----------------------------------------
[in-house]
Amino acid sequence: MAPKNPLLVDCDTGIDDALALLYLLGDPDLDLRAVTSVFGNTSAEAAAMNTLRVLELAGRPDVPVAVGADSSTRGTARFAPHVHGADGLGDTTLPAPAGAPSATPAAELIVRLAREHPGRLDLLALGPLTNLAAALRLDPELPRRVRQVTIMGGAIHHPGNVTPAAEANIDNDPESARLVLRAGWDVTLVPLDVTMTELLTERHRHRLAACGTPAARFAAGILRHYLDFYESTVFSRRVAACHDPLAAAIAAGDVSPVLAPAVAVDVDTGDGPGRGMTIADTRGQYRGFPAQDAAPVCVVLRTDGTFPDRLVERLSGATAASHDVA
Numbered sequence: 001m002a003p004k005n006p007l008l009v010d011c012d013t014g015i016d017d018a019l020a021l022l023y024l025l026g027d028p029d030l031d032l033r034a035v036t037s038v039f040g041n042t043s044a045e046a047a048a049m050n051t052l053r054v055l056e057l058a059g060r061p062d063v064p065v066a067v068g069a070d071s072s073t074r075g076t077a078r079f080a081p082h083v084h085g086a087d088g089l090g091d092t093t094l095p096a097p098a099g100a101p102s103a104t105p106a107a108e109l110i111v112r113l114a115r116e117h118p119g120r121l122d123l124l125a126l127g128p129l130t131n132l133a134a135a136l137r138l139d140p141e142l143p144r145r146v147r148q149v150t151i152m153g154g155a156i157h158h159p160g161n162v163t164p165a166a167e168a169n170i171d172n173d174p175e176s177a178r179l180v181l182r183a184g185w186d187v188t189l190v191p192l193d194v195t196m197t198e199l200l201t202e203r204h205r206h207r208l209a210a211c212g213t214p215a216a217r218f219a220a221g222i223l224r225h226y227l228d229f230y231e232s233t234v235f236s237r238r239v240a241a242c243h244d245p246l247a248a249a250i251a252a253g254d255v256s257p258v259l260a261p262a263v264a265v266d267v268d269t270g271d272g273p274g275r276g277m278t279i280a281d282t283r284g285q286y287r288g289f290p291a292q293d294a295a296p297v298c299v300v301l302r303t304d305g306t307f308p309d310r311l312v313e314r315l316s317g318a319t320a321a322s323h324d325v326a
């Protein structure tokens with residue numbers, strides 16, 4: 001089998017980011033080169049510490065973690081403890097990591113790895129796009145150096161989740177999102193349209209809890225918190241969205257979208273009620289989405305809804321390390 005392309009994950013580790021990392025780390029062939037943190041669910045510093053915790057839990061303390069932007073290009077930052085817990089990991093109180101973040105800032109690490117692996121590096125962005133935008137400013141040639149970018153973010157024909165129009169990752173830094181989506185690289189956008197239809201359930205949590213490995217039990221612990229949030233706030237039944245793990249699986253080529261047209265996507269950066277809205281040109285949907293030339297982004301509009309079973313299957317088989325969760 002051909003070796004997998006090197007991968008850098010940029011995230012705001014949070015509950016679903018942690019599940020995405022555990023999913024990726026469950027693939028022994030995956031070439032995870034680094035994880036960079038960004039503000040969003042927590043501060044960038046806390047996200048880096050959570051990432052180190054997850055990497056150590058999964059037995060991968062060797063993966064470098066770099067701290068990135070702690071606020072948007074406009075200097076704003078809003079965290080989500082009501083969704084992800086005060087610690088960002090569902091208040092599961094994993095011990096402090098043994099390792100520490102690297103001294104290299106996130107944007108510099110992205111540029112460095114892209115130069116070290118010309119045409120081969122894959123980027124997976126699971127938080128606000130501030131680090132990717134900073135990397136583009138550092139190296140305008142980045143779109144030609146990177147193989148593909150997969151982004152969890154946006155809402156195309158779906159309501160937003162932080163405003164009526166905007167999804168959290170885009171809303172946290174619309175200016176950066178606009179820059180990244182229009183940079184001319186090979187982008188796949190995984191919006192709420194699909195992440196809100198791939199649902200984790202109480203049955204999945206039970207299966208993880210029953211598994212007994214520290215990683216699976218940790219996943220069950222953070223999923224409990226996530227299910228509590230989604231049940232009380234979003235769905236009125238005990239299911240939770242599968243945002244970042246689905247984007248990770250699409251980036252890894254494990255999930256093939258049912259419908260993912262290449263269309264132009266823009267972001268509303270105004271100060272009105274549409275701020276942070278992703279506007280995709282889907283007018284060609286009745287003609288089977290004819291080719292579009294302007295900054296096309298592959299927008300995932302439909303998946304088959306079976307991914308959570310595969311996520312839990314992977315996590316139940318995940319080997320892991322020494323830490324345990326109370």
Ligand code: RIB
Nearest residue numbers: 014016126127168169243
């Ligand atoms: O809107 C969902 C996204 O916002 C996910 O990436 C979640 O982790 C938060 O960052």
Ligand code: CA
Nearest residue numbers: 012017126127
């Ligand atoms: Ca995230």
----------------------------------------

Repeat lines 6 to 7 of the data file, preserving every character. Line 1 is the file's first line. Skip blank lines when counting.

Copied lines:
Nearest residue numbers: 014016126127168169243
């Ligand atoms: O809107 C969902 C996204 O916002 C996910 O990436 C979640 O982790 C938060 O960052």